Since it’s summer and lately it feels too hot to think, we thought we’d share with you one of our first posts about some of the amazing playwrights we have worked with in the last century!
Philip & Marilyn
Since we’ve been celebrating American history all week, we thought we’d share this post with you again, as it is where history and theatre intersect!
Philip & Marilyn
Certainly one of the most exciting plays we ever produced was Sunrise at Campobello, the story of Franklin D. Roosevelt during the early 1920s.
We were extremely happy when Dore Schary, a prominent head of MGM, decided to leave Hollywood to concentrate on writing and producing plays in New York!
His first play, Sunrise, was excellent! We opened the play on what would have been Roosevelt’s 76th birthday—January 30, 1958. It was directed by Vincent J. Donehue and starred Ralph Bellamy as Roosevelt, along with Mary Fickett, Henry Jones, Anne Seymour, Mary Welch, Alan Bunce and more!
The play ran for 16 months with 556 spectacular performances. It was nominated for 6 Tonys in 1958 and won Best Play, Best Actor, Best Director…
- Best Play (winner)
- Outstanding Actor in a Play—Ralph Bellamy (winner)
- Direction—Vincent J. Donehue (winner)
- Featured Actor in a Play—Henry Jones (winner)
- Featured Actress in…
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Two weeks ago President Obama had to bypass his and Michelle’s visit to the Taj Mahal at full moon when he needed to visit Saudi Arabia because of the death of King Abdullah.
Of course, this sparked our memory:
My actress wife, Marilyn Clark, and I had the greatest time visiting the Taj Mahal 20 years ago.
We had finished a trip to Nepal, where we had visited – if you can believe – a place we decided to invest in, called Tiger Tops Jungle Lodge.
Here I am in this picture herding elephants at Tiger Tops. Unfortunately, it later closed and we never did get our investment returned!
At any rate we were heading back to the U.S. and decided to take a few days to see the Taj Mahal by moonlight!!!!
Certainly the most beautiful sight we have ever seen in our lives!
The picture here says it all–and proves that a picture really is worth a thousand words!
Do try if you can!
This picture is every producer’s dream—lots of people scurrying to buy tickets! In fact, when Oklahoma! opened in 1943, we had to hire a full time policeman to handle the crowds (a rare expense a producer doesn’t mind paying!).
At any rate, this picture of the line out front of A Majority of One in February 1959 makes us think of what a pleasure it is to have a hit play on Broadway.
Majority was written by Leonard Spigelgass and directed by Dore Schary. Gertrude Berg plays a Jewish mother on a ship to Japan, where her son has been killed in the War. On board the ship, she meets a Japanese business man, played by Sir Cedric Hardwicke (a lovely man!), with whom she falls in love.
We all know that only one out of four Broadway plays earns its money back, but that doesn’t seem to stop people from constantly fighting to get their plays produced.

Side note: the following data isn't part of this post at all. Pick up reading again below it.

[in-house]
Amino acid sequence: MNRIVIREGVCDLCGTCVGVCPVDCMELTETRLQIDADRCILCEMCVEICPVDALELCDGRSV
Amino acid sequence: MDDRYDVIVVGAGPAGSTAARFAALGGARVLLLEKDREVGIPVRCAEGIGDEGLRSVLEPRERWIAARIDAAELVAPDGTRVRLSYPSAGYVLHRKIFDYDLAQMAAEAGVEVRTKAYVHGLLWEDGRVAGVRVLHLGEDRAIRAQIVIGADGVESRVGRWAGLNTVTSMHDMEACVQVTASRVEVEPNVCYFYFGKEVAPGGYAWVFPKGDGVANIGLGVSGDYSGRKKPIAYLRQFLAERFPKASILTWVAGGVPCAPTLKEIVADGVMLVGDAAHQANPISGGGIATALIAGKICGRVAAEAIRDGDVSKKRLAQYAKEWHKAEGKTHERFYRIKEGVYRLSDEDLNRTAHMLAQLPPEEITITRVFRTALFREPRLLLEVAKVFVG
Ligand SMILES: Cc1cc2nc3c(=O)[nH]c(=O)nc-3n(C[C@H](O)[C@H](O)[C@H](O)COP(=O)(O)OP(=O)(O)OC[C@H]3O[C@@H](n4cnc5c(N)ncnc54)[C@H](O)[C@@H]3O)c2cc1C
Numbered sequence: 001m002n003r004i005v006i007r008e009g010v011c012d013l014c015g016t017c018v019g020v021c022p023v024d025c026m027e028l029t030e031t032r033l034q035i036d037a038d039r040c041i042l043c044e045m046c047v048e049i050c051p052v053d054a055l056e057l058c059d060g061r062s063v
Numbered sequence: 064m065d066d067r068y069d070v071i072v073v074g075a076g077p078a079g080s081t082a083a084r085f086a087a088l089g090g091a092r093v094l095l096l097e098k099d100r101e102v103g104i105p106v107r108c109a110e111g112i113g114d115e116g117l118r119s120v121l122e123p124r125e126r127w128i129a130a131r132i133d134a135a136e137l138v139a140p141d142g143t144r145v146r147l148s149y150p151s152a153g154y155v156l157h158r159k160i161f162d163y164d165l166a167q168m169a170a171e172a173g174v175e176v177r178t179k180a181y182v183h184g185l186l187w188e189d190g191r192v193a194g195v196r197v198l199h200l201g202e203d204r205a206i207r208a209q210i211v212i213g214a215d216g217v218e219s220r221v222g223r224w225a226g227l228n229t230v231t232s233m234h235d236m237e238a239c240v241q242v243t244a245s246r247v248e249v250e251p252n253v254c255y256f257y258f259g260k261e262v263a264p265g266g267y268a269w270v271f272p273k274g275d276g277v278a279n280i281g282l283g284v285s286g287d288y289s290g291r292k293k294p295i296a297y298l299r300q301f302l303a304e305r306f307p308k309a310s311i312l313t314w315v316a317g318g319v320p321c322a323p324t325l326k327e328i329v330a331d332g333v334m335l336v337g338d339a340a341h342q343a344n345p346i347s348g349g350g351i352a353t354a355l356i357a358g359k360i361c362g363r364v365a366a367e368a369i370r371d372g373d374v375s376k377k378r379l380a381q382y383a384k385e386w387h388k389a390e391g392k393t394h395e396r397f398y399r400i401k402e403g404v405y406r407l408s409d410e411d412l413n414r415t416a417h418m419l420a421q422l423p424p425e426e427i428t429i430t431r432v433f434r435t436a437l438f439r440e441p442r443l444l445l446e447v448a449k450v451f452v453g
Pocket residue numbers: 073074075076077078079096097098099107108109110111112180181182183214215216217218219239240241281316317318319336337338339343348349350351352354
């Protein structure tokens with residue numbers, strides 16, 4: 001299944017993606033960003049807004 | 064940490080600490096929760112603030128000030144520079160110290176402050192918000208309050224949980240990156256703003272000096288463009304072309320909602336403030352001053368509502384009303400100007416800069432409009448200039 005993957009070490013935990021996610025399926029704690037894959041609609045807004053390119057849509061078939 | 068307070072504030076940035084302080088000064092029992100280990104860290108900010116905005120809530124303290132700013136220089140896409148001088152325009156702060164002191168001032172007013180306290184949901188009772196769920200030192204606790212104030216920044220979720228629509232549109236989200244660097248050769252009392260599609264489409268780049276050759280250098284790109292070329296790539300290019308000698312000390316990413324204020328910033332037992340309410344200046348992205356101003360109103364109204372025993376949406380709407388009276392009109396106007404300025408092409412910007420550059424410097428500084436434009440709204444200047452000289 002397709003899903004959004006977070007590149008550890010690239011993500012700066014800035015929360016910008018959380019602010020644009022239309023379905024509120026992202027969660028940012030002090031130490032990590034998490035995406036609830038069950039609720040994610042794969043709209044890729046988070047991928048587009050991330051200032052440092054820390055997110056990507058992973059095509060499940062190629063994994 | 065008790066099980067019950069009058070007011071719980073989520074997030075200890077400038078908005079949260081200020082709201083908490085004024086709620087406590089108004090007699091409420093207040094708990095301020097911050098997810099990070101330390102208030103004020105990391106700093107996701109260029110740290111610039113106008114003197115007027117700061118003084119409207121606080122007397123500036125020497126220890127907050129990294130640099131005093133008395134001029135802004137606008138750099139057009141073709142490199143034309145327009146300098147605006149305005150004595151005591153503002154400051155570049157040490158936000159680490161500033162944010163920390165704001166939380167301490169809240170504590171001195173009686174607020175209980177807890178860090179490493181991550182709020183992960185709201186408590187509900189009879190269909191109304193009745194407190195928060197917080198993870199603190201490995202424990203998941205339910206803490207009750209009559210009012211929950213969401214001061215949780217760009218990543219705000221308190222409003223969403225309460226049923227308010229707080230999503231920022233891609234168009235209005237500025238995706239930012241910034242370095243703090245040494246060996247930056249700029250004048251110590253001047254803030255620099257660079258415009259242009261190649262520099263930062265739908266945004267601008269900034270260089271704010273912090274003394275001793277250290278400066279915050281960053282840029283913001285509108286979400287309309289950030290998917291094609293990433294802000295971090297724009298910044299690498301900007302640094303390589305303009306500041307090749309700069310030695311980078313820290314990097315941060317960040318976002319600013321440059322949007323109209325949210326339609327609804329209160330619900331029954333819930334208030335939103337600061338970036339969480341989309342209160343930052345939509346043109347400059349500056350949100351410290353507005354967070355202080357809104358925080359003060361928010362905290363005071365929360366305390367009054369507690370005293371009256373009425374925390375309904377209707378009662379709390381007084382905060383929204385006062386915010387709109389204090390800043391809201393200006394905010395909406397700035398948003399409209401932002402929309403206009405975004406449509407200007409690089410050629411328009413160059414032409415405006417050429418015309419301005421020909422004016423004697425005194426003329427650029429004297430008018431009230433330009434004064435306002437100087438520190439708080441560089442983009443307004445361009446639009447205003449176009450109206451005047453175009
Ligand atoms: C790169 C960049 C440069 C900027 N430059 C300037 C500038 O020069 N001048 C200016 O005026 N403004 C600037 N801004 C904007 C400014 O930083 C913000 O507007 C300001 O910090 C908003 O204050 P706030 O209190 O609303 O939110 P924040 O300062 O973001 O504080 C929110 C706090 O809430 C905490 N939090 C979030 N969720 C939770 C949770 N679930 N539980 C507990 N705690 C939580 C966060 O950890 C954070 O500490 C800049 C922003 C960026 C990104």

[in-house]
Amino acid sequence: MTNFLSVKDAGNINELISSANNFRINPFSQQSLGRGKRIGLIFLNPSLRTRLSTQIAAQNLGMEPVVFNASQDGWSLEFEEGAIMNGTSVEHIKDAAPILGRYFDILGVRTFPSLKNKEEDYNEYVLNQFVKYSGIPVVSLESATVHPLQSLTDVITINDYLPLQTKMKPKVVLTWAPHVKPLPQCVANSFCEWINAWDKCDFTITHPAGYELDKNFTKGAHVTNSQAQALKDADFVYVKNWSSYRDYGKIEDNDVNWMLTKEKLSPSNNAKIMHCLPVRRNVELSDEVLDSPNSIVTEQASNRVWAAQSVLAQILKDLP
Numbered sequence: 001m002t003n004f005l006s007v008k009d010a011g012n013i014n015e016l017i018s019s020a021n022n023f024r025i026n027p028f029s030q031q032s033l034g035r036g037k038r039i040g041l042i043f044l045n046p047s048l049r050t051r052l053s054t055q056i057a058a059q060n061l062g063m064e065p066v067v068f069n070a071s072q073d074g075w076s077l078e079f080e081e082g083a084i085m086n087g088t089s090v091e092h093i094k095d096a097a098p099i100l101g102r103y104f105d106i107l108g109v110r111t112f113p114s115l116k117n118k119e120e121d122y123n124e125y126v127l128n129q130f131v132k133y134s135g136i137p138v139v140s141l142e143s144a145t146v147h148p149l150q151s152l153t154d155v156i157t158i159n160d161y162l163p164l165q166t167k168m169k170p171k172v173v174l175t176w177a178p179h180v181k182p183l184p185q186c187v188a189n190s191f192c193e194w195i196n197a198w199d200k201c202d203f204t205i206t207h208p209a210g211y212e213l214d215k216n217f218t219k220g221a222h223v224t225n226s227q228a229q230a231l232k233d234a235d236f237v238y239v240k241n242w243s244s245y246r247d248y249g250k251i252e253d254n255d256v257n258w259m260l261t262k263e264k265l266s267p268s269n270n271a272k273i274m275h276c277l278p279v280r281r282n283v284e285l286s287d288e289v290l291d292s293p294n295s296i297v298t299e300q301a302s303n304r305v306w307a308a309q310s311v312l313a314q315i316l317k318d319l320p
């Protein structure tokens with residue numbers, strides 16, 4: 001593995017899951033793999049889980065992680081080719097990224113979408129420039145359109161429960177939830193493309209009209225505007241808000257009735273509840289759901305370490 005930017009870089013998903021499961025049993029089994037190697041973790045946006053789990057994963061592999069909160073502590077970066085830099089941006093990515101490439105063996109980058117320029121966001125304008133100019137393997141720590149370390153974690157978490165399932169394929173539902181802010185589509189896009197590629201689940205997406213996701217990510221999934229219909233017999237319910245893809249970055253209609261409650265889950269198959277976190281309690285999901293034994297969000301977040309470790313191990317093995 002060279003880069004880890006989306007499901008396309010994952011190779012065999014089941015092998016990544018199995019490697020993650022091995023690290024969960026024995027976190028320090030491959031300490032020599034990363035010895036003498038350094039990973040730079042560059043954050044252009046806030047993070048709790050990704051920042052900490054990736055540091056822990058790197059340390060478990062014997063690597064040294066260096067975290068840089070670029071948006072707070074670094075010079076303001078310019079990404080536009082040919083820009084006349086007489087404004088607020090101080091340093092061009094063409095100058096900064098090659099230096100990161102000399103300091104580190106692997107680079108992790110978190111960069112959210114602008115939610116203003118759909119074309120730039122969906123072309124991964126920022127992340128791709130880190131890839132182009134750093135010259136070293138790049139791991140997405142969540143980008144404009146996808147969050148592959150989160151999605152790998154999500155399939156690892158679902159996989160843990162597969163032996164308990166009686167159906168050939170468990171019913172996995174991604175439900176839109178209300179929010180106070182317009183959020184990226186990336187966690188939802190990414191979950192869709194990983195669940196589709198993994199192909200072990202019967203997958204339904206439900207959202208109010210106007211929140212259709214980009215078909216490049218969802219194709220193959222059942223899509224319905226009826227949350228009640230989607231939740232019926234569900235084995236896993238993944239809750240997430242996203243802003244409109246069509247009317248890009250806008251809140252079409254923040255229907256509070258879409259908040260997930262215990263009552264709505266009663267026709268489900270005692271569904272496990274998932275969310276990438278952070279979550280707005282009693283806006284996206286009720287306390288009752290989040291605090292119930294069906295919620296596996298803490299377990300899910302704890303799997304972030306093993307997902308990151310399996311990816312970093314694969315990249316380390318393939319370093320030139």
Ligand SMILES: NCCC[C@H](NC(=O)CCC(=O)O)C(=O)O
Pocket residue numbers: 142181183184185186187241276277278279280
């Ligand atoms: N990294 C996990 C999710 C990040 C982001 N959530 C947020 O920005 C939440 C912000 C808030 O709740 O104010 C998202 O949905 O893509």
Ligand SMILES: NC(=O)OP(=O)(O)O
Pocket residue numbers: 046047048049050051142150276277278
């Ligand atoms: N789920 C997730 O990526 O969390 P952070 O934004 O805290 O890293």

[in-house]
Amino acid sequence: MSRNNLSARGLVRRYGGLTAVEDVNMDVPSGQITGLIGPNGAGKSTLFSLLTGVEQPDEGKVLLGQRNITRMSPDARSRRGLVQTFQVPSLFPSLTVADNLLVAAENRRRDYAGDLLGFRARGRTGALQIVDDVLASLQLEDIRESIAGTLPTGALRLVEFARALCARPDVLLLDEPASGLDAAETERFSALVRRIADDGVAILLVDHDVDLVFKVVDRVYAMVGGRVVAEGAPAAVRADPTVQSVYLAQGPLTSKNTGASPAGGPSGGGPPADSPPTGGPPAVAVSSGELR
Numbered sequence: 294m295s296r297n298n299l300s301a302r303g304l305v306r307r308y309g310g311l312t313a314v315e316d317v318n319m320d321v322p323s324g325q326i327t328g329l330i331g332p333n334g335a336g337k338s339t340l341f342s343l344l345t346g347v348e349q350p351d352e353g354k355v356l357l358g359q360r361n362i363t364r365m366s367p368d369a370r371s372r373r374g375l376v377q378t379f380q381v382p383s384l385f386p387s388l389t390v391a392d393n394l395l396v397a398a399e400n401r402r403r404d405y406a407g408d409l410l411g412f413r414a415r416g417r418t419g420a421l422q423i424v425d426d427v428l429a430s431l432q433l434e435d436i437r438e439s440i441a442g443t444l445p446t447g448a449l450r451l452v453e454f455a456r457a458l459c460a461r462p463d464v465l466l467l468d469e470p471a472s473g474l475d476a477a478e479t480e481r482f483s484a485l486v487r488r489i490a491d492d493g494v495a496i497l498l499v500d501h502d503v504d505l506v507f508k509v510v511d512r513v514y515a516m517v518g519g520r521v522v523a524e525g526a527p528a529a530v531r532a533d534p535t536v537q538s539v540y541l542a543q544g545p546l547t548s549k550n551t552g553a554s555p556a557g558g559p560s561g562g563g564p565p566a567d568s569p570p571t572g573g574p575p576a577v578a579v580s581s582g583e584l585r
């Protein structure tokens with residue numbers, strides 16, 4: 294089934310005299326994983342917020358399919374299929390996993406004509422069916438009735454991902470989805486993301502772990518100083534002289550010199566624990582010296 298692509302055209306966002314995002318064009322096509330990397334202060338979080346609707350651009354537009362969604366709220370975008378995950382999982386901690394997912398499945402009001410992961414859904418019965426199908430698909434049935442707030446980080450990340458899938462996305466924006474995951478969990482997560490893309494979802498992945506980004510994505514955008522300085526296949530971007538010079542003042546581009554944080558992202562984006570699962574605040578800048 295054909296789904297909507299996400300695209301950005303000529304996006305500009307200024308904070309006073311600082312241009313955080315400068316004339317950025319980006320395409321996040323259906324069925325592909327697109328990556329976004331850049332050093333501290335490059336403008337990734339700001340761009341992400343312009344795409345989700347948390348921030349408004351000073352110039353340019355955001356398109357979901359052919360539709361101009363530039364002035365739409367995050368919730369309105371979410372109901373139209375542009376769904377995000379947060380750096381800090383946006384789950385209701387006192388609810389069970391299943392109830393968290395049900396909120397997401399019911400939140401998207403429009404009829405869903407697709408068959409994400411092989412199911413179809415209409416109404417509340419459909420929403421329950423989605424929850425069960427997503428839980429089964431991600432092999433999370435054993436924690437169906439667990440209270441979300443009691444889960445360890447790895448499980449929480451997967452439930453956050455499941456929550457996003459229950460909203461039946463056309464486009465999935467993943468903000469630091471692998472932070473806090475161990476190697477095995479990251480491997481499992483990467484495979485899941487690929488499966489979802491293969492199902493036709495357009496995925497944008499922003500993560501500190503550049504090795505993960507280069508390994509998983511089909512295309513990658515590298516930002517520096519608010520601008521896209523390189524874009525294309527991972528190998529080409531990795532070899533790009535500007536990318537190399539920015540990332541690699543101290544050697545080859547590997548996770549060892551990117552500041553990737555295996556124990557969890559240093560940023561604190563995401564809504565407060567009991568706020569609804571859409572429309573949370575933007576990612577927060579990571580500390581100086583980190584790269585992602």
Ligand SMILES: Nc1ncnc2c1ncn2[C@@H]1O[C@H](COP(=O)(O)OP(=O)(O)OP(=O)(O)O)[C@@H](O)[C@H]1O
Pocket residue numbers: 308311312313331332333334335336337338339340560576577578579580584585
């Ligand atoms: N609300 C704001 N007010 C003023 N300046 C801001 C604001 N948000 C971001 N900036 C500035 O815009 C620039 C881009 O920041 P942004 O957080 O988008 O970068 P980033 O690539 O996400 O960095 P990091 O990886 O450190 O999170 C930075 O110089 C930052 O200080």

All we can say as producers is “we’re sure this next one will be a hit!”
This Throwback Thursday features a great photo of Paul Robeson in his garb as the well-known character of Othello, which The Theatre Guild produced on Broadway in 1943-1944.
Robeson’s portrayal of Othello was so masterful and well-performed that John Dover Wilson—one of the premier Shakespeare critics at the time—commented that Robeson’s Othello was the best performance of the century!
When I was about 10 years old, I used to spend wonderful times wrestling and playing with Paul’s son, Paul Jr.!
Paul broke through so many barriers coming from the son of a former slave, and knowing him and his family was indeed an honor!
Now that we’re starting to get into the swing of things here—we decided to go back to our roots, as it seems that the posts everyone seems to love most are the ones with the history in them. As such, we’re going to bring you a weekly story from The Theatre Guild archives—something perhaps taken from this:
And look: it was only 50 cents! My have times changed since the 1920s!
Stay tuned for more!
As we all know Eugene O’Neill was very sad about his father, James O’Neill. Gene—and many others—felt that James was a wonderful actor and that he could have a major part in any American play he cared to be in! Alas, James O’Neill chose to spend his theatrical life in a potboiler, The Count of Monte Cristo. He played it all over the U.S. year after year—over 6000 performances in 40 years!
Gene was quoted as saying:
My father was really a remarkable actor, but the enormous success of “Monte Cristo” kept him from doing other things. He could go out year after year and clear fifty thousand in a season. He thought that he simply couldn’t afford to do anything else. But in his later years he was full of bitter regrets. He felt “Monte Cristo” had ruined his career as an artist.
While a bit faded, this 1897 advertising poster still adorns our living room—talk about a Throwback Thursday from way, way back!